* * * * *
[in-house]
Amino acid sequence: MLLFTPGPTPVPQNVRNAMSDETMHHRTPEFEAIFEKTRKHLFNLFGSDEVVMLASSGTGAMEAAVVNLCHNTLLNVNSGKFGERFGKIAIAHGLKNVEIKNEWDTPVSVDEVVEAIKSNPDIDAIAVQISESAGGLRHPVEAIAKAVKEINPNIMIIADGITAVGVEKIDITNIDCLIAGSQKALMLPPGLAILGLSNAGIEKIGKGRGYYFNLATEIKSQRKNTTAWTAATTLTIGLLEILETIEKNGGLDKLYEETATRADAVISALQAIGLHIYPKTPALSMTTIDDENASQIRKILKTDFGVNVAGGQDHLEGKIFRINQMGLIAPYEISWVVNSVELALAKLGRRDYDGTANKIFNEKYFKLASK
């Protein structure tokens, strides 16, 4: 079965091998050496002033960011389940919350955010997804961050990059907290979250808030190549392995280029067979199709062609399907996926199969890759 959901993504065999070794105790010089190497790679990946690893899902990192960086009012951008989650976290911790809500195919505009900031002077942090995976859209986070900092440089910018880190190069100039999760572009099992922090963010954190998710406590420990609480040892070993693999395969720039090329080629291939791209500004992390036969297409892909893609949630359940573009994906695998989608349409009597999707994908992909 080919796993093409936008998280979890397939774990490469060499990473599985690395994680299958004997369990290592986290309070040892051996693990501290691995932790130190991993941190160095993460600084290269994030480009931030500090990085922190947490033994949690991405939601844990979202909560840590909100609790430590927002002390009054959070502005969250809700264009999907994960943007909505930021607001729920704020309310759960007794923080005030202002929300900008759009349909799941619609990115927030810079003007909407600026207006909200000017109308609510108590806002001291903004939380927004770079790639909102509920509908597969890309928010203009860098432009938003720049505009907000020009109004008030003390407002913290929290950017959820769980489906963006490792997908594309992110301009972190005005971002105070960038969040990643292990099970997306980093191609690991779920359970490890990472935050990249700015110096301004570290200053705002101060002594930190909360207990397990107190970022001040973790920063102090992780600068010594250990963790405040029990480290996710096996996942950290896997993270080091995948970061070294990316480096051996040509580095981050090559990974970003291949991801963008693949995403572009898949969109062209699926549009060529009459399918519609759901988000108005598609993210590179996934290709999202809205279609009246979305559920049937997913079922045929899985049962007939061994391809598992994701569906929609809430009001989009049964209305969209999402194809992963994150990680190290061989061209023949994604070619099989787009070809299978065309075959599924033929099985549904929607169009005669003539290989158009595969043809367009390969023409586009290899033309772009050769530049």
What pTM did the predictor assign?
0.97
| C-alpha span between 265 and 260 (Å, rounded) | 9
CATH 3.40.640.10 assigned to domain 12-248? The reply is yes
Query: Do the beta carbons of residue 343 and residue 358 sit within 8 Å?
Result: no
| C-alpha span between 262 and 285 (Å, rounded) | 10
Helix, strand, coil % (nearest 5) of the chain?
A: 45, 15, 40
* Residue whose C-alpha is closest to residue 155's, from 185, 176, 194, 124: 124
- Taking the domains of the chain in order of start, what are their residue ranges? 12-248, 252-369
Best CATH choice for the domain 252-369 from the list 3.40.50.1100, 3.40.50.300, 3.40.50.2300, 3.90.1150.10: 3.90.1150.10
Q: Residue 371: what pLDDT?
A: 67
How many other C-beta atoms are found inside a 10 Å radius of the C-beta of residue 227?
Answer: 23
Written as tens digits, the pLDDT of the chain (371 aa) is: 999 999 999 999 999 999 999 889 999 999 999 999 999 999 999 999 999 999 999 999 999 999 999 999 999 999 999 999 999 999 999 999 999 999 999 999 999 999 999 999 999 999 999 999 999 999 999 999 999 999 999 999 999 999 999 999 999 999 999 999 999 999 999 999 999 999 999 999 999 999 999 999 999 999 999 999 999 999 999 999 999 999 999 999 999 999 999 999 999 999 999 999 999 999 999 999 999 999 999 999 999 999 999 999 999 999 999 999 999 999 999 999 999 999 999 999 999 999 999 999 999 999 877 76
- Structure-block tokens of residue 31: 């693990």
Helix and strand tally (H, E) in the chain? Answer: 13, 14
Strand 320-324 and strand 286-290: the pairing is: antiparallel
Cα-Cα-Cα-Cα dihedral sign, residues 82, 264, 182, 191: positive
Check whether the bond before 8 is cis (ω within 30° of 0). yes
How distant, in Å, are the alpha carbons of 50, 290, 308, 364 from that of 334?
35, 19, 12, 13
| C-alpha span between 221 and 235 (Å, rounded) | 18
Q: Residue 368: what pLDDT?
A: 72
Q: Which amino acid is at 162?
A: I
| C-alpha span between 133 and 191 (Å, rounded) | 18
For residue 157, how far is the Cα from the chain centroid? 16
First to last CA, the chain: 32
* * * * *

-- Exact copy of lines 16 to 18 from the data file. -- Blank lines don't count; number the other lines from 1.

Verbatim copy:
Q: Residue 371: what pLDDT?
A: 67
How many other C-beta atoms are found inside a 10 Å radius of the C-beta of residue 227?